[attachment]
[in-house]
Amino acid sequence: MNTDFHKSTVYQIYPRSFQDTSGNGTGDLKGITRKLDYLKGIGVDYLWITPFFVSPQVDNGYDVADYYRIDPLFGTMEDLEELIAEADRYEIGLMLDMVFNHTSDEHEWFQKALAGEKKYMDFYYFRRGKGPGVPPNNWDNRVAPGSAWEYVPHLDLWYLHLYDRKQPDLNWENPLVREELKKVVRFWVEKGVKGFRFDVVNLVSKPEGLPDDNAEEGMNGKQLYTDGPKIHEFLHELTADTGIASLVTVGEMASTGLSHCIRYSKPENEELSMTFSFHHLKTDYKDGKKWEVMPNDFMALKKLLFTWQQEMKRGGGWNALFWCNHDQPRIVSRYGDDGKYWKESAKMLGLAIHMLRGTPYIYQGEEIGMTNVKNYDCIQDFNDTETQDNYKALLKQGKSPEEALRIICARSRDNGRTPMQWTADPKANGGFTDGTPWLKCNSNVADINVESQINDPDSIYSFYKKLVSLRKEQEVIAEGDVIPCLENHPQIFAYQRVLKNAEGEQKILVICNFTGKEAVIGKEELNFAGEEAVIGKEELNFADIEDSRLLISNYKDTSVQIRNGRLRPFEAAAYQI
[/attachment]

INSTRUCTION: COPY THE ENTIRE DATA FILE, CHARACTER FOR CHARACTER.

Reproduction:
[in-house]
Amino acid sequence: MNTDFHKSTVYQIYPRSFQDTSGNGTGDLKGITRKLDYLKGIGVDYLWITPFFVSPQVDNGYDVADYYRIDPLFGTMEDLEELIAEADRYEIGLMLDMVFNHTSDEHEWFQKALAGEKKYMDFYYFRRGKGPGVPPNNWDNRVAPGSAWEYVPHLDLWYLHLYDRKQPDLNWENPLVREELKKVVRFWVEKGVKGFRFDVVNLVSKPEGLPDDNAEEGMNGKQLYTDGPKIHEFLHELTADTGIASLVTVGEMASTGLSHCIRYSKPENEELSMTFSFHHLKTDYKDGKKWEVMPNDFMALKKLLFTWQQEMKRGGGWNALFWCNHDQPRIVSRYGDDGKYWKESAKMLGLAIHMLRGTPYIYQGEEIGMTNVKNYDCIQDFNDTETQDNYKALLKQGKSPEEALRIICARSRDNGRTPMQWTADPKANGGFTDGTPWLKCNSNVADINVESQINDPDSIYSFYKKLVSLRKEQEVIAEGDVIPCLENHPQIFAYQRVLKNAEGEQKILVICNFTGKEAVIGKEELNFAGEEAVIGKEELNFADIEDSRLLISNYKDTSVQIRNGRLRPFEAAAYQI